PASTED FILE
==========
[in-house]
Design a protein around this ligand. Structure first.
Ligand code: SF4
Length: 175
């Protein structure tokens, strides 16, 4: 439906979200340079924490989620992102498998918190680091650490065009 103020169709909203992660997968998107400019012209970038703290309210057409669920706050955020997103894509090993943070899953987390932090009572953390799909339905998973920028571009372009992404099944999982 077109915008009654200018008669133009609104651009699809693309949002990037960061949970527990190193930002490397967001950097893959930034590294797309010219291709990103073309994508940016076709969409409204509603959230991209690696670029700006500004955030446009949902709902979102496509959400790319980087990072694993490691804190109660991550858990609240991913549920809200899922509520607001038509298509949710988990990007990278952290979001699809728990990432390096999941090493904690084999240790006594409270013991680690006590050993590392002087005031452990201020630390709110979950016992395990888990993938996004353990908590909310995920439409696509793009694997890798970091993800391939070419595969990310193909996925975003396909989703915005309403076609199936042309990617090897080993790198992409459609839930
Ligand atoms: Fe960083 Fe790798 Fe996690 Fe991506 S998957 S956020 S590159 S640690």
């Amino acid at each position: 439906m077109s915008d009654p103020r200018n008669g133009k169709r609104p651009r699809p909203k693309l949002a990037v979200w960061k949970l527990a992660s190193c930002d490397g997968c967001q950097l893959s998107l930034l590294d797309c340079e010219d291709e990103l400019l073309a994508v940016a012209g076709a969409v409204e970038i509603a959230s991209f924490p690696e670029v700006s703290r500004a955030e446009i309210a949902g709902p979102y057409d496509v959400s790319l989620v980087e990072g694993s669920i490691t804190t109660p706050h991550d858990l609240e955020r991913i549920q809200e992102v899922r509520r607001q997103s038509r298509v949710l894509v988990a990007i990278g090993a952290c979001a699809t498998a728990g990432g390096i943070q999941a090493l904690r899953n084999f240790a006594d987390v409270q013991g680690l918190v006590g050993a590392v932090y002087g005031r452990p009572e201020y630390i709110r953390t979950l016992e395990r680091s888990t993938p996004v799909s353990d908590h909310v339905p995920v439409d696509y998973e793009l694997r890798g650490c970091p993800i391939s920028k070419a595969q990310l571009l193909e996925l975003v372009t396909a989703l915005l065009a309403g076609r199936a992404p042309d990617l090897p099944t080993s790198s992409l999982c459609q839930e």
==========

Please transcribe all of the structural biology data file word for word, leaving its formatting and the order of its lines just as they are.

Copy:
[in-house]
Design a protein around this ligand. Structure first.
Ligand code: SF4
Length: 175
């Protein structure tokens, strides 16, 4: 439906979200340079924490989620992102498998918190680091650490065009 103020169709909203992660997968998107400019012209970038703290309210057409669920706050955020997103894509090993943070899953987390932090009572953390799909339905998973920028571009372009992404099944999982 077109915008009654200018008669133009609104651009699809693309949002990037960061949970527990190193930002490397967001950097893959930034590294797309010219291709990103073309994508940016076709969409409204509603959230991209690696670029700006500004955030446009949902709902979102496509959400790319980087990072694993490691804190109660991550858990609240991913549920809200899922509520607001038509298509949710988990990007990278952290979001699809728990990432390096999941090493904690084999240790006594409270013991680690006590050993590392002087005031452990201020630390709110979950016992395990888990993938996004353990908590909310995920439409696509793009694997890798970091993800391939070419595969990310193909996925975003396909989703915005309403076609199936042309990617090897080993790198992409459609839930
Ligand atoms: Fe960083 Fe790798 Fe996690 Fe991506 S998957 S956020 S590159 S640690």
């Amino acid at each position: 439906m077109s915008d009654p103020r200018n008669g133009k169709r609104p651009r699809p909203k693309l949002a990037v979200w960061k949970l527990a992660s190193c930002d490397g997968c967001q950097l893959s998107l930034l590294d797309c340079e010219d291709e990103l400019l073309a994508v940016a012209g076709a969409v409204e970038i509603a959230s991209f924490p690696e670029v700006s703290r500004a955030e446009i309210a949902g709902p979102y057409d496509v959400s790319l989620v980087e990072g694993s669920i490691t804190t109660p706050h991550d858990l609240e955020r991913i549920q809200e992102v899922r509520r607001q997103s038509r298509v949710l894509v988990a990007i990278g090993a952290c979001a699809t498998a728990g990432g390096i943070q999941a090493l904690r899953n084999f240790a006594d987390v409270q013991g680690l918190v006590g050993a590392v932090y002087g005031r452990p009572e201020y630390i709110r953390t979950l016992e395990r680091s888990t993938p996004v799909s353990d908590h909310v339905p995920v439409d696509y998973e793009l694997r890798g650490c970091p993800i391939s920028k070419a595969q990310l571009l193909e996925l975003v372009t396909a989703l915005l065009a309403g076609r199936a992404p042309d990617l090897p099944t080993s790198s992409l999982c459609q839930e």